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memory device context and device context RRS feed

  • Question

  • what is memory device context and device context ? difference between them ? Can anybody explain me ?

    Thanks in advance

    BR 

    Wednesday, August 21, 2013 6:26 PM

Answers

  • A device context represents a device (e.g. a monitor or a printer) that you can draw graphics on.

    A memory device context is a special form of device context. It's not backed by a physical device, but by a bitmap image stored in memory.


    Igor Tandetnik

    Wednesday, August 21, 2013 6:33 PM
  • Hi BR:

    A device context is a structure that defines a set of graphic objects and their associated attributes, as well as the graphic modes that affect output. The graphic objects include a pen for line drawing, a brush for painting and filling, a bitmap for copying or scrolling parts of the screen, a palette for defining the set of available colors, a region for clipping and other operations, and a path for painting and drawing operations.

    To enable applications to place output in memory rather than sending it to an actual device, use a special device context for bitmap operations called a memory device context. A memory DC enables the system to treat a portion of memory as a virtual device. It is an array of bits in memory that an application can use temporarily to store the color data for bitmaps created on a normal drawing surface. Because the bitmap is compatible with the device, a memory DC is also sometimes referred to as a compatible device context.


    Sunny Cao
    <THE CONTENT IS PROVIDED "AS IS" WITHOUT WARRANTY OF ANY KIND, WHETHER EXPRESS OR IMPLIED>
    Thanks
    MSDN Community Support

    Please remember to "Mark as Answer" the responses that resolved your issue. It is a common way to recognize those who have helped you, and makes it easier for other visitors to find the resolution later.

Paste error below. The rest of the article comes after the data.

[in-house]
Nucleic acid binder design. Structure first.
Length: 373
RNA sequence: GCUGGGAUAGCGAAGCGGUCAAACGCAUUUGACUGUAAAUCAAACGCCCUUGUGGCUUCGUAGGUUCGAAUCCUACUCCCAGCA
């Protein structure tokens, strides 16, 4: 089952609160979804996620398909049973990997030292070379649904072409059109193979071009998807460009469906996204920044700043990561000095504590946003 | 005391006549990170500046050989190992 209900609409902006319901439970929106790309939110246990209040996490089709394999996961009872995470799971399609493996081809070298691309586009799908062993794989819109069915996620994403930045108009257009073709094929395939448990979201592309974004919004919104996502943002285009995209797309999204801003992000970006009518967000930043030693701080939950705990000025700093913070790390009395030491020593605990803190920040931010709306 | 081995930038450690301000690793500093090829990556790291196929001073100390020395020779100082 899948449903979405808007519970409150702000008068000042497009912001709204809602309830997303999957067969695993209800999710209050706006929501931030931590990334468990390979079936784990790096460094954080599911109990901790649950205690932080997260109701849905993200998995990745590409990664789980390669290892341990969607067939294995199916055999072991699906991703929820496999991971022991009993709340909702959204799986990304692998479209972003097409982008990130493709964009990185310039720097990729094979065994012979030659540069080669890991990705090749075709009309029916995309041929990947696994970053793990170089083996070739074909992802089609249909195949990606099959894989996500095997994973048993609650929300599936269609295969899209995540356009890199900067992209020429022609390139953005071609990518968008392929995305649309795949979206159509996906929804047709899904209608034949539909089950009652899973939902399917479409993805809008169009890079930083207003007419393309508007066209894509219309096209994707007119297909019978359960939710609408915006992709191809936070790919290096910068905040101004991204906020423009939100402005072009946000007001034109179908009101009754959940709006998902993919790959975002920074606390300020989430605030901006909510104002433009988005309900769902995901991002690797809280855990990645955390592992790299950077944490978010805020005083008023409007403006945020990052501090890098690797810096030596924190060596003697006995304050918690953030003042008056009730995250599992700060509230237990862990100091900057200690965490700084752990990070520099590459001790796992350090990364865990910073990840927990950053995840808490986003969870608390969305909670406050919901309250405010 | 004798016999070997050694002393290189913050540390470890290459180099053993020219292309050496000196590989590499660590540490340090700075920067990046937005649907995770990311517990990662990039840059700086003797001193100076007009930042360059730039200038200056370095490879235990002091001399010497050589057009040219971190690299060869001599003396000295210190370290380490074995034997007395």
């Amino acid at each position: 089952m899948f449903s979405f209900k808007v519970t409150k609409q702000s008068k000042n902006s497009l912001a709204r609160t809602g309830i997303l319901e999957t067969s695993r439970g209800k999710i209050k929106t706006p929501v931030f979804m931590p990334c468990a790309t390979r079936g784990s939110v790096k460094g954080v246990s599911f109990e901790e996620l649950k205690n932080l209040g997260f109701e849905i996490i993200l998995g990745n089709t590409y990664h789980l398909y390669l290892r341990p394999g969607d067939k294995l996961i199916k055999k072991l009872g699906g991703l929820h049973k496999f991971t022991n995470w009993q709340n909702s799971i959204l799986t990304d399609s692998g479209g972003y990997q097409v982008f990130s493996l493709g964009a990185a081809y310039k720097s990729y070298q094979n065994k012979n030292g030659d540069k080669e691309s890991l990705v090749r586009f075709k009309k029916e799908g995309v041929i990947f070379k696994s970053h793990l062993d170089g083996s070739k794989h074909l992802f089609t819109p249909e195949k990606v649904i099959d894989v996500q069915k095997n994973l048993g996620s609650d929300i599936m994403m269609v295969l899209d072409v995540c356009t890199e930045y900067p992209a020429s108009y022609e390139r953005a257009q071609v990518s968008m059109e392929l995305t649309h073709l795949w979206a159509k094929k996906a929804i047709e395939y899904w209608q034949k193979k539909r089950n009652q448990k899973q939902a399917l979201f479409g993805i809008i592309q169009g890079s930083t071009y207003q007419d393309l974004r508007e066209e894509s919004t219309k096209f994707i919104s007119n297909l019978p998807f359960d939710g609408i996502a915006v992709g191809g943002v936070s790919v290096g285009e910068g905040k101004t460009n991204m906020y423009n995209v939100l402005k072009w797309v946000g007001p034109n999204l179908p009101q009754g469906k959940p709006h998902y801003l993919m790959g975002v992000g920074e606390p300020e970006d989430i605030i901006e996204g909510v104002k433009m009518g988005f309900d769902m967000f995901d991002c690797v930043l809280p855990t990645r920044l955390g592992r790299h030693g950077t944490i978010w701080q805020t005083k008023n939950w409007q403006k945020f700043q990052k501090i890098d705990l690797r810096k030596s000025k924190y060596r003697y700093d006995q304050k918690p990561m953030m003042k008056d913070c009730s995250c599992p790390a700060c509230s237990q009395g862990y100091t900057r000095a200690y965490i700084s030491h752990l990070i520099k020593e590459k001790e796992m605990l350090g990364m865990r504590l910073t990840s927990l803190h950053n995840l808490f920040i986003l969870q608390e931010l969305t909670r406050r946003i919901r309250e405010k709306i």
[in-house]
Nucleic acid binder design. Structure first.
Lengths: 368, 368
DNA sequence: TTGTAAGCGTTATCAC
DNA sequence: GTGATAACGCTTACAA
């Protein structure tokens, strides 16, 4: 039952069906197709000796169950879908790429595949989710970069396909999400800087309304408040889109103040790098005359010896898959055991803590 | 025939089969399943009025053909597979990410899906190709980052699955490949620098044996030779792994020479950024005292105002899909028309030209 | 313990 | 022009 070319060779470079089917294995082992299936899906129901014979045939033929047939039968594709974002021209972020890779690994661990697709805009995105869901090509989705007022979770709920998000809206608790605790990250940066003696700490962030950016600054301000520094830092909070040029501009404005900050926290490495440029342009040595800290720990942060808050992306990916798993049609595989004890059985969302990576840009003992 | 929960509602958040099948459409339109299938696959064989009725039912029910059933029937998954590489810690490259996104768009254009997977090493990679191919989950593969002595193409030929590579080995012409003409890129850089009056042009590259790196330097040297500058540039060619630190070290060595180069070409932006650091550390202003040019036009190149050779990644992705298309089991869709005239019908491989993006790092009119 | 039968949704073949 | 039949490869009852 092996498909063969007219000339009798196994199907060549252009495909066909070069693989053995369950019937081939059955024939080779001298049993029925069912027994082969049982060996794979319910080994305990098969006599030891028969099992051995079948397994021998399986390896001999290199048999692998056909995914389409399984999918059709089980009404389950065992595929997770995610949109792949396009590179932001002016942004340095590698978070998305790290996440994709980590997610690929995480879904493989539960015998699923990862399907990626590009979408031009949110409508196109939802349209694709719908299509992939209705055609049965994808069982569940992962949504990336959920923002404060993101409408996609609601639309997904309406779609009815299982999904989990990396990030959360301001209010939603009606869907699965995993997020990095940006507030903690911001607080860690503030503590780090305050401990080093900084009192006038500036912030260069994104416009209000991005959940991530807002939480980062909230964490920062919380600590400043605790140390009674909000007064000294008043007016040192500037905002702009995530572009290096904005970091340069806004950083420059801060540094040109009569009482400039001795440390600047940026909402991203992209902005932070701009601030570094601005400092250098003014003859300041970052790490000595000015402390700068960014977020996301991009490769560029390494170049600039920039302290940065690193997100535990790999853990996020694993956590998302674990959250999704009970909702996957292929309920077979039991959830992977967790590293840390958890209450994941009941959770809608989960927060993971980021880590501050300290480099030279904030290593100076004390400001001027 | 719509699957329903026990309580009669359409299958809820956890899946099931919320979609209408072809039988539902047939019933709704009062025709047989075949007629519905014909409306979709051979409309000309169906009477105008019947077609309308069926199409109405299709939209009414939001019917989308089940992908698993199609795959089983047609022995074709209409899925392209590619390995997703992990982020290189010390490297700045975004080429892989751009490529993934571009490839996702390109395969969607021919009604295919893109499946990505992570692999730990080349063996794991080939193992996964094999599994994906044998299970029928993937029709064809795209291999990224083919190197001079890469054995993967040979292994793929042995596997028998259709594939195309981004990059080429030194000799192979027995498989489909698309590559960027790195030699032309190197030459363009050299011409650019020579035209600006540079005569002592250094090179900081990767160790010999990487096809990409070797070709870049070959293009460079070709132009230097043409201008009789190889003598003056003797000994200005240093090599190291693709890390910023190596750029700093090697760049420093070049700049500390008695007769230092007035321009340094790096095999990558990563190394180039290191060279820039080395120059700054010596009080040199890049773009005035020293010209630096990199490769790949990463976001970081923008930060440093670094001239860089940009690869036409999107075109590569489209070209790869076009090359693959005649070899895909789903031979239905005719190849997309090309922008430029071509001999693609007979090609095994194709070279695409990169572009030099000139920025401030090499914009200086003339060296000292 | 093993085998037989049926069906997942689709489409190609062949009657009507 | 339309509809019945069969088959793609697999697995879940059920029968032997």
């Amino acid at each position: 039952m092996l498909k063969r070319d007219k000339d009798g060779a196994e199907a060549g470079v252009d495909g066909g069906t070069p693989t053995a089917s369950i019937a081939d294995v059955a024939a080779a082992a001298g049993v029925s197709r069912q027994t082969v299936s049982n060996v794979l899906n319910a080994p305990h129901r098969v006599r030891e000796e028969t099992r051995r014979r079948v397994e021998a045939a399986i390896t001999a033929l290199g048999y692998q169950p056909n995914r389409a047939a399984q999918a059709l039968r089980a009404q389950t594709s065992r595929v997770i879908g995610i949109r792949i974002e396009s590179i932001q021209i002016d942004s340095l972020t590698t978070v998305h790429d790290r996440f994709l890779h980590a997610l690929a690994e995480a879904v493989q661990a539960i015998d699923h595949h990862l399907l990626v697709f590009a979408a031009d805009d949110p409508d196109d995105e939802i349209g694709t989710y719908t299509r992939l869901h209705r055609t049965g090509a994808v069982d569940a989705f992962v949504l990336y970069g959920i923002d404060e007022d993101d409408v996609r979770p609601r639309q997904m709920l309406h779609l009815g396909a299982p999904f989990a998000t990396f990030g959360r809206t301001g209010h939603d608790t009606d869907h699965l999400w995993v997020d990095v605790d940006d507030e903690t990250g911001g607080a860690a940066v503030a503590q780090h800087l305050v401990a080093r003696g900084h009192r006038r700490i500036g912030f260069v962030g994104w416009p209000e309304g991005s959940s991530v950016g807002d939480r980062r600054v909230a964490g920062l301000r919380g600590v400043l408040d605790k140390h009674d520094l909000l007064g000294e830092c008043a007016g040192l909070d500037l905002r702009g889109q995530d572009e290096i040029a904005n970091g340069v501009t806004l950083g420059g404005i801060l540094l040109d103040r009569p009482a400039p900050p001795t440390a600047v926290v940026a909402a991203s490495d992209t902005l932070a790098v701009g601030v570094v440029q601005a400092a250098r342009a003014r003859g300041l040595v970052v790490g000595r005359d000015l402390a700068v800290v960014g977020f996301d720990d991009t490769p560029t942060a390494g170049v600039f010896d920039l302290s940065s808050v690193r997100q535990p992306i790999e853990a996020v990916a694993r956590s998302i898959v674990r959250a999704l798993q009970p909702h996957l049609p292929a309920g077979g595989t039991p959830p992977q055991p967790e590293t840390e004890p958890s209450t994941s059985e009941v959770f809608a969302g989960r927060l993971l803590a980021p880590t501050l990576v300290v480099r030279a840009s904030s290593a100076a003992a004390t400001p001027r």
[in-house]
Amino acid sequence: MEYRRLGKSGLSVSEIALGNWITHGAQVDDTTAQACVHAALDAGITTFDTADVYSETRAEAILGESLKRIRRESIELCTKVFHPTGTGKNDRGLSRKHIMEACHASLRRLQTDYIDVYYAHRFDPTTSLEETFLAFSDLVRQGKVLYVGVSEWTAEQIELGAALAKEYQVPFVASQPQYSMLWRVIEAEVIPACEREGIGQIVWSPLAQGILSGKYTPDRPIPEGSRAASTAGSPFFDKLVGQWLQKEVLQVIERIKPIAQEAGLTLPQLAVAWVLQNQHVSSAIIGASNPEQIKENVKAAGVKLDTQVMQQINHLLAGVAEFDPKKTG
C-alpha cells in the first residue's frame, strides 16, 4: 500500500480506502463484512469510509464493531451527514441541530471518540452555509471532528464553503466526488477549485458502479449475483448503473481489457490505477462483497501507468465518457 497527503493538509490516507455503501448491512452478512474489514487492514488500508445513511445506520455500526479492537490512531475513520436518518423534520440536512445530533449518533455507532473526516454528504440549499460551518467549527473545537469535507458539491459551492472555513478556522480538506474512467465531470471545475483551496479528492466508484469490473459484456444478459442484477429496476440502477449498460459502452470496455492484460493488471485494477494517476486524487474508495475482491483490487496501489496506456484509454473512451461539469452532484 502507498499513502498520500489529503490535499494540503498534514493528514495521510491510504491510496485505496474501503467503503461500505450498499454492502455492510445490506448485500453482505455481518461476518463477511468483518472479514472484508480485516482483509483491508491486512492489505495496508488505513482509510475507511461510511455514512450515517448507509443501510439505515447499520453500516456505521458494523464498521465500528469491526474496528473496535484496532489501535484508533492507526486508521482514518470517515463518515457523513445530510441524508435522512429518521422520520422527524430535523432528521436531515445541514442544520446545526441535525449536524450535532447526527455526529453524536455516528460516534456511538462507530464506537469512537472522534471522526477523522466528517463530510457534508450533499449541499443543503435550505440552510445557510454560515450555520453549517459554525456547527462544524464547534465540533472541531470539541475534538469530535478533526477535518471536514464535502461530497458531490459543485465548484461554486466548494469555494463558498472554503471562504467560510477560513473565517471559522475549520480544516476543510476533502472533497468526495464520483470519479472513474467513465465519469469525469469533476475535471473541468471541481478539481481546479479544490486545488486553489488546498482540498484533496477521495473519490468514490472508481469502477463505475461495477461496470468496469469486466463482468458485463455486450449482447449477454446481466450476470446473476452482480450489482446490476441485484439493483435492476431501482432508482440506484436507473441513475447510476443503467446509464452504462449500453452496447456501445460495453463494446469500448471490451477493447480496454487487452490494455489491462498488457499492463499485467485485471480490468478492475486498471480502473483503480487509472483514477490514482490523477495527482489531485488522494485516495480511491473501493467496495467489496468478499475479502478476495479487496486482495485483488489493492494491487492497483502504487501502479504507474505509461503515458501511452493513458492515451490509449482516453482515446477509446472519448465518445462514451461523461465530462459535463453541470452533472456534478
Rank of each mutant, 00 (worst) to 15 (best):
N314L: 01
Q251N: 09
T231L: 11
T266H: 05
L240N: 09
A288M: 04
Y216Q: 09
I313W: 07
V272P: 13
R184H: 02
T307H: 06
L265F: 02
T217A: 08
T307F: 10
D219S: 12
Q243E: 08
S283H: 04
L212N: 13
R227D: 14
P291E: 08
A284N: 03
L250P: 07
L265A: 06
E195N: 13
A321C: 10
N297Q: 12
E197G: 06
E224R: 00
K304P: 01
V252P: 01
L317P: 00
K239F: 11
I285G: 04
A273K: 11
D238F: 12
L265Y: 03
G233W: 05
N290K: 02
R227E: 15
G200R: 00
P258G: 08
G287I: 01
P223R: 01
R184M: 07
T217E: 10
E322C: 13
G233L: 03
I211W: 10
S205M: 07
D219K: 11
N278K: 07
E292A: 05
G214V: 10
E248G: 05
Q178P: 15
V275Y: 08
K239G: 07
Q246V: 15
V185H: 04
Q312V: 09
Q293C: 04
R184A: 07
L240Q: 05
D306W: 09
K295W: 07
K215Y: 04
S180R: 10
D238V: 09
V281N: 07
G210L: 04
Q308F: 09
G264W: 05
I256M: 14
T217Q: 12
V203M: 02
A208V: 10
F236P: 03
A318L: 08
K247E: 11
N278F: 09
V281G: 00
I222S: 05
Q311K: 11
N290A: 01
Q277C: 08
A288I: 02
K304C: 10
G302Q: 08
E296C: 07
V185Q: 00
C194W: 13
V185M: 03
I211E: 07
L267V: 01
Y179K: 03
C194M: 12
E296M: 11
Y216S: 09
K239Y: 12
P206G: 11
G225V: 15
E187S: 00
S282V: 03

• Marked as answer by Anna Cc Tuesday, August 27, 2013 2:29 AM
    Friday, August 23, 2013 9:15 AM

All replies

  • A device context represents a device (e.g. a monitor or a printer) that you can draw graphics on.

    A memory device context is a special form of device context. It's not backed by a physical device, but by a bitmap image stored in memory.


    Igor Tandetnik

    Wednesday, August 21, 2013 6:33 PM
  • Memory DC is normally used for double buffering. Check below article

    Flicker Free Drawing In MFC


    Thanks, Renjith V R

    Thursday, August 22, 2013 1:34 PM
  • Hi BR:

    A device context is a structure that defines a set of graphic objects and their associated attributes, as well as the graphic modes that affect output. The graphic objects include a pen for line drawing, a brush for painting and filling, a bitmap for copying or scrolling parts of the screen, a palette for defining the set of available colors, a region for clipping and other operations, and a path for painting and drawing operations.

    To enable applications to place output in memory rather than sending it to an actual device, use a special device context for bitmap operations called a memory device context. A memory DC enables the system to treat a portion of memory as a virtual device. It is an array of bits in memory that an application can use temporarily to store the color data for bitmaps created on a normal drawing surface. Because the bitmap is compatible with the device, a memory DC is also sometimes referred to as a compatible device context.


    Sunny Cao
    <THE CONTENT IS PROVIDED "AS IS" WITHOUT WARRANTY OF ANY KIND, WHETHER EXPRESS OR IMPLIED>
    Thanks
    MSDN Community Support

    Please remember to "Mark as Answer" the responses that resolved your issue. It is a common way to recognize those who have helped you, and makes it easier for other visitors to find the resolution later.

    • Marked as answer by Anna Cc Tuesday, August 27, 2013 2:29 AM
    Friday, August 23, 2013 9:15 AM